The websites of UK independent festivals will today (Monday, May 4) be ‘blacked out’ as part of a 24-hour campaign to highlight the dangers of so-called ‘legal highs’.
The Association of Independent Festivals (AIF), the London based trade association that represents UK music festival organisers, is organising the initiative alongside legal highs charity Angelus.
From 9am today, the sites will be replaced with an image of a digital roulette wheel and the message ‘You Could Lose the Lot on Legal Highs’ to highlight the unpredictability of such substances.
Over 40 events will participate, including major festivals such as Glastonbury, T in the Park, Secret Garden Party, Bestival, Isle of Wight, Lovebox and Parklife.
The blackout page will lead to an infographic displaying key statistics, facts and advice about legal highs.
This will include information and guidance about nitrous oxide, so called ‘laughing gas’ following growing concerns about its popular use by young people- including a letter from the Home Office to festival organisers advising that they take action against its use on festival sites.
“The dangers of so-called legal highs are still of great concern to our members.”
Paul Reed, Association of Independent Festivals
Paul Reed, General Manager of AIF said, “Following the huge success of this campaign last year we felt that it was important to revisit it in 2015. The dangers of so-called legal highs are still of great concern to our members and anyone involved in staging music festivals.
“We want all events this summer to be safe, enjoyable environments for music fans. This is an important message and we are very pleased to say that support for this initiative is growing, with over 40 festivals participating this year.”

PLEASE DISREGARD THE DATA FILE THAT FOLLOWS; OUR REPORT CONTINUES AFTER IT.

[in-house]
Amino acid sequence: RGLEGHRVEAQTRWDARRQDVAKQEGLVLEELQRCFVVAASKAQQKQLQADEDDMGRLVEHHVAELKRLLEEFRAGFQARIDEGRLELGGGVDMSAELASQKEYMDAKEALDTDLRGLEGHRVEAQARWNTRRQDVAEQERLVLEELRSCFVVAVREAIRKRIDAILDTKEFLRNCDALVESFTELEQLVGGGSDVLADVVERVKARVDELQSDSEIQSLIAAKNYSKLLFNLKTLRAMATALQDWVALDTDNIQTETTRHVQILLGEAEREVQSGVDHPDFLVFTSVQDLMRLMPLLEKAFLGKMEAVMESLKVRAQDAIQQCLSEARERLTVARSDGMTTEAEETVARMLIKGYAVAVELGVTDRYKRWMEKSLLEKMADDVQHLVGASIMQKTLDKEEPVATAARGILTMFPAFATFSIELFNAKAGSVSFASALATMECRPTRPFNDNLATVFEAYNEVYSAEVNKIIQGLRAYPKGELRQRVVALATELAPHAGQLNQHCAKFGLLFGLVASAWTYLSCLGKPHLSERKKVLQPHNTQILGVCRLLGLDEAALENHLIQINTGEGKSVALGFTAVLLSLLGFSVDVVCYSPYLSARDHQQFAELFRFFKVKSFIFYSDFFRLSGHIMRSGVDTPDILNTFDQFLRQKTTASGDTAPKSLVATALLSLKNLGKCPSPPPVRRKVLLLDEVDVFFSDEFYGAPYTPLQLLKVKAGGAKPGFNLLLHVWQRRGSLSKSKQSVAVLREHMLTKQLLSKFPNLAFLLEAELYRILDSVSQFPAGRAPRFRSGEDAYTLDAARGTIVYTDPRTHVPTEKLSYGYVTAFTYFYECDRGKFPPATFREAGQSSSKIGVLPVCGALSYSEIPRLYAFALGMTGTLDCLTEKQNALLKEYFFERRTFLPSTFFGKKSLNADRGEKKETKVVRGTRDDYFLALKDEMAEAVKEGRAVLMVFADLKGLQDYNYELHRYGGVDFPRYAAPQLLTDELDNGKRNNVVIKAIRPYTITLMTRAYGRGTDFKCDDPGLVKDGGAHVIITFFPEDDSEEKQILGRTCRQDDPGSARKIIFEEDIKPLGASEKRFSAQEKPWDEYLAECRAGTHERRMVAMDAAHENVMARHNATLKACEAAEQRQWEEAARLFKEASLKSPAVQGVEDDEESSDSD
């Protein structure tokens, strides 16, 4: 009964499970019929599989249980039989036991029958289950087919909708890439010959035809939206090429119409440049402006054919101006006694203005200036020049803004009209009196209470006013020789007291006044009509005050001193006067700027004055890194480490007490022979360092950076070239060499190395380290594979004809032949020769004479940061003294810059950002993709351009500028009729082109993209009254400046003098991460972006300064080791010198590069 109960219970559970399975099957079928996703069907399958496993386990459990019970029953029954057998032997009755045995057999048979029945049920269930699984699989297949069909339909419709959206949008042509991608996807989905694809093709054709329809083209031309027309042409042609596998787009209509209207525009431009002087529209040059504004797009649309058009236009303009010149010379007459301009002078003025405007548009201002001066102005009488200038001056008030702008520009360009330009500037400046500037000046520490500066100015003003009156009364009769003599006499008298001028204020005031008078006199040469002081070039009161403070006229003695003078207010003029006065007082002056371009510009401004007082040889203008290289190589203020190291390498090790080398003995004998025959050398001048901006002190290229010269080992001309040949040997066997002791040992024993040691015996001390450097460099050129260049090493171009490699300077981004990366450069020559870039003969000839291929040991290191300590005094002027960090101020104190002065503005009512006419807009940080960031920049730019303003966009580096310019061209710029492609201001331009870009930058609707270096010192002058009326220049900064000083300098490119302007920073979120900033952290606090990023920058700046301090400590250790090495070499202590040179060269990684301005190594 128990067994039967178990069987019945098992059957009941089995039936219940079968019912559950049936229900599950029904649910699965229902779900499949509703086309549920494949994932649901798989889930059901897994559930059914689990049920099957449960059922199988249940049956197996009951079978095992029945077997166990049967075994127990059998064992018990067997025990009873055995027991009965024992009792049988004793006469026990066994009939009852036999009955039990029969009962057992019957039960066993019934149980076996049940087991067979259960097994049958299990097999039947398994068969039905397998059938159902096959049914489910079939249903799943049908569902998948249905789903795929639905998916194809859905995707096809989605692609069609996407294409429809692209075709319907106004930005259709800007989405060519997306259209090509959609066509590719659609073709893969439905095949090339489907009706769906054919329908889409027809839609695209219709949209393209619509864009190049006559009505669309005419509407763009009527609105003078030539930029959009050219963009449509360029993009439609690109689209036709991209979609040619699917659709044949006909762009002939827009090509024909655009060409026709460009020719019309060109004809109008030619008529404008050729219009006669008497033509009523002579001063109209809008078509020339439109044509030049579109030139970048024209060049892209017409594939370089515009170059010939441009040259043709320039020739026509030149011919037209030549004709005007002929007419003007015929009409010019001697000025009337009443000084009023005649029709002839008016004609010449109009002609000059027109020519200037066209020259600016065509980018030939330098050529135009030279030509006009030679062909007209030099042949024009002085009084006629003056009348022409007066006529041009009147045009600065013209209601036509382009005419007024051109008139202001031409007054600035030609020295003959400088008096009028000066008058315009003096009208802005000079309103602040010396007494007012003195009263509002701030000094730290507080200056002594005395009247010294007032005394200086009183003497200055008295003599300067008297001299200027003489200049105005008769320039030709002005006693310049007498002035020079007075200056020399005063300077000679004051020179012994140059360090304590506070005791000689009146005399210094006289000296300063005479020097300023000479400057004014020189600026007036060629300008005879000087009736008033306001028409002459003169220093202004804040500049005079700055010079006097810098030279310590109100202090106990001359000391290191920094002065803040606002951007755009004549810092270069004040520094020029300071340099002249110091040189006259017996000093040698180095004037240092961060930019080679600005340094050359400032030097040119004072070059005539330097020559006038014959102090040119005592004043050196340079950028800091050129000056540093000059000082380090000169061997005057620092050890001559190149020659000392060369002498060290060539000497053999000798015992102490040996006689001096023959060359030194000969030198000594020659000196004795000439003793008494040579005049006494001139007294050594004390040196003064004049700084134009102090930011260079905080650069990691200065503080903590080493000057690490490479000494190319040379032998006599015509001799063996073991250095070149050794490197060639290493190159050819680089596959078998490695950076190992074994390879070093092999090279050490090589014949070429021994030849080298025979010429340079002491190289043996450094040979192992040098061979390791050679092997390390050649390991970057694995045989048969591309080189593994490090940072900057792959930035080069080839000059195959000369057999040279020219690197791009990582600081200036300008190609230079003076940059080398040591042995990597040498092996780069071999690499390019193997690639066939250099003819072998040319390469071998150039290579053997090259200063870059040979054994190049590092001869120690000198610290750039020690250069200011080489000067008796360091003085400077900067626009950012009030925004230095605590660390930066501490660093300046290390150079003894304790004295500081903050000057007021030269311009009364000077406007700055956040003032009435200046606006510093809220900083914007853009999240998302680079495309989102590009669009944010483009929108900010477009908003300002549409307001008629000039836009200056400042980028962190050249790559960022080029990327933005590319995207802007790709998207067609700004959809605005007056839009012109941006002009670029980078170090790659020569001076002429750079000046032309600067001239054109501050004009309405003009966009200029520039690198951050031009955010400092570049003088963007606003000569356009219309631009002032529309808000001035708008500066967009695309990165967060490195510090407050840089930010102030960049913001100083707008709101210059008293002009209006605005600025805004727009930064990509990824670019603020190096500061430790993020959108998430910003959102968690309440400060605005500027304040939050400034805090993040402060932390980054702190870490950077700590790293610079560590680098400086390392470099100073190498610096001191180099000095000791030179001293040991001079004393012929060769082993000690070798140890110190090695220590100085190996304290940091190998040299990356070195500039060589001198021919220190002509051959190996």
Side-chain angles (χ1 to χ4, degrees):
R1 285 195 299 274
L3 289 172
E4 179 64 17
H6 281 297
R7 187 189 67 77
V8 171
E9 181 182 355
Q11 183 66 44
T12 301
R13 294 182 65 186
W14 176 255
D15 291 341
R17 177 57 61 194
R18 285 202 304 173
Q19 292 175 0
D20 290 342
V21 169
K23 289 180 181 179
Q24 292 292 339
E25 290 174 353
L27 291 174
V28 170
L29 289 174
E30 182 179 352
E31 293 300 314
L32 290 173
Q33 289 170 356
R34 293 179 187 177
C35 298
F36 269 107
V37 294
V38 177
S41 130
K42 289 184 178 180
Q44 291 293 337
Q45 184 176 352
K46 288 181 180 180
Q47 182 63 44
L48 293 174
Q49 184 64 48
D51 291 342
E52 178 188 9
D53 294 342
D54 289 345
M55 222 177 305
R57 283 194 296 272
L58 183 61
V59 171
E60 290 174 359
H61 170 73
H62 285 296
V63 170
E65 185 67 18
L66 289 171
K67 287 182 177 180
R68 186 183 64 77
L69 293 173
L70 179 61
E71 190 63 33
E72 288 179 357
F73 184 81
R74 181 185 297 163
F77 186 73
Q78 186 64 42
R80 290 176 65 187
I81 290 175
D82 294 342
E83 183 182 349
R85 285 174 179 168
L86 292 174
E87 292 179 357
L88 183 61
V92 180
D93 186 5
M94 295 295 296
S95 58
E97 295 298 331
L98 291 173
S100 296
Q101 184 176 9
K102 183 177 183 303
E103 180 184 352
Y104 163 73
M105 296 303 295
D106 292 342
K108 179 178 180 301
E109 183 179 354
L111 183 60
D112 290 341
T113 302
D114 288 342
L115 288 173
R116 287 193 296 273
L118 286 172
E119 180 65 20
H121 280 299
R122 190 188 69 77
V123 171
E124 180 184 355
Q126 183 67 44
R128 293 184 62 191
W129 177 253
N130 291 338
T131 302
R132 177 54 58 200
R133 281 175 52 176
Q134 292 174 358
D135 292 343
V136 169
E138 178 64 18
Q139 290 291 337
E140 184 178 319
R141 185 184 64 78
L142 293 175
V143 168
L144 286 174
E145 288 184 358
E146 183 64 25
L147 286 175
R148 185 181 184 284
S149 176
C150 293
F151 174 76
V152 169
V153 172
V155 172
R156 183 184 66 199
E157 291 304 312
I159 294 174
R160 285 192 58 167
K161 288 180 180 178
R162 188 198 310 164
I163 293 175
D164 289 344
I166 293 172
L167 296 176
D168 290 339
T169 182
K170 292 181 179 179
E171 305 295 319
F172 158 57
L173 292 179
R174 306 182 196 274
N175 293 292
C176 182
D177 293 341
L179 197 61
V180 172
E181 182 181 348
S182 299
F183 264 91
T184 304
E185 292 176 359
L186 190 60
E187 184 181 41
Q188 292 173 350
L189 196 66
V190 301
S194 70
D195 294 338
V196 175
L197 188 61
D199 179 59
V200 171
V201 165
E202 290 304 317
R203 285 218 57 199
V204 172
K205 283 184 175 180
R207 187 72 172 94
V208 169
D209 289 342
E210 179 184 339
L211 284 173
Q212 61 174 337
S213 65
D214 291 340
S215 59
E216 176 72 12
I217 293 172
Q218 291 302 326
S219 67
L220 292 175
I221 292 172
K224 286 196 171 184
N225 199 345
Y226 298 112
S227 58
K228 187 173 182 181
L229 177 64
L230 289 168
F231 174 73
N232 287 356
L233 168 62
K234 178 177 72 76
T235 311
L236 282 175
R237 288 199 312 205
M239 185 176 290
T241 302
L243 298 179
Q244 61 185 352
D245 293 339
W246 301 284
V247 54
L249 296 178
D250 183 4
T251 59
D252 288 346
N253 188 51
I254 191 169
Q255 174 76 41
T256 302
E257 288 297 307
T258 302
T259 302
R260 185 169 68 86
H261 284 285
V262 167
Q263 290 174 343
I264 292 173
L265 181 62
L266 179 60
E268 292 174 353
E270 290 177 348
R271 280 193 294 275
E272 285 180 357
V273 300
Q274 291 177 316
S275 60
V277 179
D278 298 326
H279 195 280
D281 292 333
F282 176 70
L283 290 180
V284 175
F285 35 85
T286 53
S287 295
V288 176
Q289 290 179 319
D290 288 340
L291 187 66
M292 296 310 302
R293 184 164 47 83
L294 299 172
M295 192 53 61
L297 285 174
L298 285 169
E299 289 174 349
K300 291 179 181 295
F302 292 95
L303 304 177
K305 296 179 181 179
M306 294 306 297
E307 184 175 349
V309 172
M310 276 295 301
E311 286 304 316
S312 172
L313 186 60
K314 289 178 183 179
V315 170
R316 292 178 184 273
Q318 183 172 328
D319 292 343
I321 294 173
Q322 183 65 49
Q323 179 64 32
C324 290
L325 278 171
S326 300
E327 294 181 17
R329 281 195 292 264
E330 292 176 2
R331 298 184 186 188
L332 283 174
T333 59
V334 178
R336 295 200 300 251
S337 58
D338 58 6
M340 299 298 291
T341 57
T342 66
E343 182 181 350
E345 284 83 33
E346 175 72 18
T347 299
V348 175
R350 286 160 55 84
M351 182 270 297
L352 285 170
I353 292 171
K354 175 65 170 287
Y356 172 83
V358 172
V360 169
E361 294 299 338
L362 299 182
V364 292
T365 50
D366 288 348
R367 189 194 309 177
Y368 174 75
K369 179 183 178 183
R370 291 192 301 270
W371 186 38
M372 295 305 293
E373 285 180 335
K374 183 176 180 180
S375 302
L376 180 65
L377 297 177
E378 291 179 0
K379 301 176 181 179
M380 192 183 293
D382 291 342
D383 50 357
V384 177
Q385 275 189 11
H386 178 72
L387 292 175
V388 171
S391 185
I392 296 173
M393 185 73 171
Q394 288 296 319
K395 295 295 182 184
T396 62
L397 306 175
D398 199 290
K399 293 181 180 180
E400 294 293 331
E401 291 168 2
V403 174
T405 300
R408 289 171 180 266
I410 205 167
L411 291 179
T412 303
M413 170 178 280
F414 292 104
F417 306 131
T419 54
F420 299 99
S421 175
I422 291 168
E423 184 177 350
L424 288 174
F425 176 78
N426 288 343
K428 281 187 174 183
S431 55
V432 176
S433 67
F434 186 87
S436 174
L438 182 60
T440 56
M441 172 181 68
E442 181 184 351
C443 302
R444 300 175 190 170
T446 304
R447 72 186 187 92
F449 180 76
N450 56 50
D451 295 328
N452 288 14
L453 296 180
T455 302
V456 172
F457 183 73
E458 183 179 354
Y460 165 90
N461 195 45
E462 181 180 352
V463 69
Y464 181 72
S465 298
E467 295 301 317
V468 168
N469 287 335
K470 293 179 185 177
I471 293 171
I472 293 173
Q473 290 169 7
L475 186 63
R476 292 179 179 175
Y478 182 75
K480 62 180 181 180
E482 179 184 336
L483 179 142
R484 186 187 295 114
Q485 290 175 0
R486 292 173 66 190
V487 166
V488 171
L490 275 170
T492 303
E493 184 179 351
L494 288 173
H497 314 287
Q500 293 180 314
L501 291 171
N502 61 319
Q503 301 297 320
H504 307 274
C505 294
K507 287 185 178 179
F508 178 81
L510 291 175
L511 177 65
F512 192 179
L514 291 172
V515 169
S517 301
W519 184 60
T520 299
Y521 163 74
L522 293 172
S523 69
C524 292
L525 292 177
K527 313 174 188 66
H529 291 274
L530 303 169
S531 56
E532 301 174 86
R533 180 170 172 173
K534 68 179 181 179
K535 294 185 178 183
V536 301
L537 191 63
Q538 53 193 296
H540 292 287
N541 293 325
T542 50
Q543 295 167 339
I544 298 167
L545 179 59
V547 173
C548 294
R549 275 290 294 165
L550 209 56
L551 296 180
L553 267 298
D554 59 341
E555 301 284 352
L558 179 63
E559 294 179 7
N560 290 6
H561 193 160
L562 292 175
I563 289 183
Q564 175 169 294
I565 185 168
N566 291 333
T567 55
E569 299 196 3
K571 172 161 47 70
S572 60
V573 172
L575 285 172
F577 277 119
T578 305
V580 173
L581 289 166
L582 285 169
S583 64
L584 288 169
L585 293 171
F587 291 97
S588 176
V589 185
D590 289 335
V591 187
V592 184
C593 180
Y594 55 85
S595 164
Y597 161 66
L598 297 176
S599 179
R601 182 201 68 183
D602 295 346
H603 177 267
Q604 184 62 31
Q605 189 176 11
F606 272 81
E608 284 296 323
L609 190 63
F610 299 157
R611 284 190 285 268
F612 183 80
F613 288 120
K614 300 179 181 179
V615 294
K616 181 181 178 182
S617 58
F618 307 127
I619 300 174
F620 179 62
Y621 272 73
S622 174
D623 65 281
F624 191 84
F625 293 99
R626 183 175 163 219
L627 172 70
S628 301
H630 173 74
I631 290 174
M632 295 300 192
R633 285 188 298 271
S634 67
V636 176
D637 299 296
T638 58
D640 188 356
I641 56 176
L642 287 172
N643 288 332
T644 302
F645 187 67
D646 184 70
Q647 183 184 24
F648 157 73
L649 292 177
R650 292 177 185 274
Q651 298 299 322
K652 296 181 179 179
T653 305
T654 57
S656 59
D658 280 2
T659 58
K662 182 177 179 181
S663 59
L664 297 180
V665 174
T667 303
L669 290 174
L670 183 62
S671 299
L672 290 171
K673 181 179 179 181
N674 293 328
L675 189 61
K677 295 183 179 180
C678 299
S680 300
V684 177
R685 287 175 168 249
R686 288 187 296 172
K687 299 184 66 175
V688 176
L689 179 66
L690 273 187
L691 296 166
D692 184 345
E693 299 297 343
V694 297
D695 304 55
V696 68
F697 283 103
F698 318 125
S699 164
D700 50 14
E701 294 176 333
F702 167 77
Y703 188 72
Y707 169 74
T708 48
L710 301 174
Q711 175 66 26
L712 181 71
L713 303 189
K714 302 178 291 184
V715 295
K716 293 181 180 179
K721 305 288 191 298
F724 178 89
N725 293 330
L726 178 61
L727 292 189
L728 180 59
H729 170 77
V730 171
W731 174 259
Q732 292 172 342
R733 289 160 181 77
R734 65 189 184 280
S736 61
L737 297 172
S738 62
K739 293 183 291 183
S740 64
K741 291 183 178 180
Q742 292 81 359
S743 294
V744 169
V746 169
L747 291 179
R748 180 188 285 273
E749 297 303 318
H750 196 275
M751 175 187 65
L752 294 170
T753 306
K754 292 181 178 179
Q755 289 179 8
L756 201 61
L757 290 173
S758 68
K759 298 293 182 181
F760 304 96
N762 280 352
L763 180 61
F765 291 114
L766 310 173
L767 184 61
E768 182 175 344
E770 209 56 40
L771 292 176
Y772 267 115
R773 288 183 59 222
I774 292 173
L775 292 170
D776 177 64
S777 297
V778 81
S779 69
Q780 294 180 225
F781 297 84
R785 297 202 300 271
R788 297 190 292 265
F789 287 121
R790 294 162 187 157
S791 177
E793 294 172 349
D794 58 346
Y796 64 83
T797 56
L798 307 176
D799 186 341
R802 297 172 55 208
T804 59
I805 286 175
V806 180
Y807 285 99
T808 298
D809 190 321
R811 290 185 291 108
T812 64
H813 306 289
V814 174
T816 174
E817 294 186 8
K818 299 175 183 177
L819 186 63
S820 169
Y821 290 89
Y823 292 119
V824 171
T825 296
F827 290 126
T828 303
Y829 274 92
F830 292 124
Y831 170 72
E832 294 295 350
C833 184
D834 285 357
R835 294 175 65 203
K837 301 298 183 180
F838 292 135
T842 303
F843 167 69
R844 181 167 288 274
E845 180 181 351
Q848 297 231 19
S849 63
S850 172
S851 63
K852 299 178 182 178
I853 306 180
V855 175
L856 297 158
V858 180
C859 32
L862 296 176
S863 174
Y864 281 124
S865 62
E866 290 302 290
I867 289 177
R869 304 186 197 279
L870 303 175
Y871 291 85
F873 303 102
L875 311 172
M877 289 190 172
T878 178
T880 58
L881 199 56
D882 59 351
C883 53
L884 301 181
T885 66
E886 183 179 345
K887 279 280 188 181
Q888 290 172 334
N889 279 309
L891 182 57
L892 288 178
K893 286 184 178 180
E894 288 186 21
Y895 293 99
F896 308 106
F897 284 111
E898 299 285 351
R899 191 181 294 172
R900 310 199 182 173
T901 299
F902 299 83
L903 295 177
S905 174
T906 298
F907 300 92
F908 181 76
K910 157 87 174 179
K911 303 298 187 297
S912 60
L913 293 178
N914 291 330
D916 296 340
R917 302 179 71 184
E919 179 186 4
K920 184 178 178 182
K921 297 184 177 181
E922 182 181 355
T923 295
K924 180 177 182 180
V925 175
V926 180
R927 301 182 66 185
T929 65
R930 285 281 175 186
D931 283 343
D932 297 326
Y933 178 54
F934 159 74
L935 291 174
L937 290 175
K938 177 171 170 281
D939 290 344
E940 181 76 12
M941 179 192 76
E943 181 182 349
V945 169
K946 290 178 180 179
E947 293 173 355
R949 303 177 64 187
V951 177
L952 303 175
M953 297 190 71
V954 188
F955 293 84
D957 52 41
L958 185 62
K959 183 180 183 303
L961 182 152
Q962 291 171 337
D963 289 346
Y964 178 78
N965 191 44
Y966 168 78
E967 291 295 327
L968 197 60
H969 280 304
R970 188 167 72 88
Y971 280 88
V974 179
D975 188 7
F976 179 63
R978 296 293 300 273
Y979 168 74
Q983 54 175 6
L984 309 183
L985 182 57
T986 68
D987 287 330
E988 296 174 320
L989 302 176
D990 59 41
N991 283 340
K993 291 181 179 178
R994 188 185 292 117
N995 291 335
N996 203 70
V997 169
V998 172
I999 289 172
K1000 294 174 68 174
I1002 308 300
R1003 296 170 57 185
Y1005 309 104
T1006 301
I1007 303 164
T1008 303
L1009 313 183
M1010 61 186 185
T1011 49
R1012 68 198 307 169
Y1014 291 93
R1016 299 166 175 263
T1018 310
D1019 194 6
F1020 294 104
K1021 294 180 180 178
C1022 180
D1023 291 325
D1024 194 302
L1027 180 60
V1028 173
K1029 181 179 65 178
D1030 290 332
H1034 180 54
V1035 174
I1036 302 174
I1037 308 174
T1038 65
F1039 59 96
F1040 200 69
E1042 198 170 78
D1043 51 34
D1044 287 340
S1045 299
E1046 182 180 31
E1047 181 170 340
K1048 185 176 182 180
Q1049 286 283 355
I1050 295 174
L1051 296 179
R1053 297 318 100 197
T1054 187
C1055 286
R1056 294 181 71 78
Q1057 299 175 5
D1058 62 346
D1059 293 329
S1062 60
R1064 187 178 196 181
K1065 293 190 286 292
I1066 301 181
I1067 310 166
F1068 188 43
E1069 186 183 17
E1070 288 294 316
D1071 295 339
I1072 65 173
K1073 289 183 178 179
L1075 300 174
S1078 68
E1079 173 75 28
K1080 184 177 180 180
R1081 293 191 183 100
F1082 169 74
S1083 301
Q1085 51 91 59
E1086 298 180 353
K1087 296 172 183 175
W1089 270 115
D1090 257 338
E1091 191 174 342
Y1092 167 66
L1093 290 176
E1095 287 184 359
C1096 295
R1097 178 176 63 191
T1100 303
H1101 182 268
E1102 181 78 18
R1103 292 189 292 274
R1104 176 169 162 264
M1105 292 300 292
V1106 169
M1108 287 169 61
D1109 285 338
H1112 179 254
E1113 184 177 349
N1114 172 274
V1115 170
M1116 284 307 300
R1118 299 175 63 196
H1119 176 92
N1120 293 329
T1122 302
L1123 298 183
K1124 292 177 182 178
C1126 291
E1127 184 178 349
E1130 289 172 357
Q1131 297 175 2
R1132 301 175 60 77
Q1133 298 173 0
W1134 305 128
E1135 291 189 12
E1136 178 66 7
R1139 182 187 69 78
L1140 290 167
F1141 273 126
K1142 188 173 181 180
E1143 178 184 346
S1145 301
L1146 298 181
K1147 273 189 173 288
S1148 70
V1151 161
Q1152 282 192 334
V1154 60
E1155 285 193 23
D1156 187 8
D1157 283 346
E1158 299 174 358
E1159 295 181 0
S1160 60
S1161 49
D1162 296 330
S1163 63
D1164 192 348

Angelus CEO, Jan King, said, “Last year there were over a hundred new substances identified across the EU; the range of legal high products changes rapidly with different mixes of ingredients and unpredictable effects. The only thing that stays the same is people’s lack of knowledge of how harmful these legal drugs are.
“We are working with the Association of Independent Festivals to get the message out that taking these substances, especially mixing with alcohol, is a huge gamble. Collapsing from the effects of these drugs is all too common – don’t let your main memory of a festival be the inside of the welfare tent.”
In 2012 there were 73 new ‘legal highs’ substances, in 2013 there 81 more and last year the figure rose to 101 (EMCDDA Figures).
According to Office for National Statistics, there were at least 60-recorded deaths from legal substances in 2014. The Royal Edinburgh Hospital Toxins Unit recorded 114 admissions from legal drugs between March and August 2014.
In 2014, AIF’s ‘Don’t Be In The Dark’ campaign involved over 20 music festivals participating in an online blackout, which saw the homepages on their respective official websites replaced for 24 hours by a message highlighting the dangers of legal highs.
This campaign attracted global media attention and reached over 9 million people on social media.
Music Business Worldwide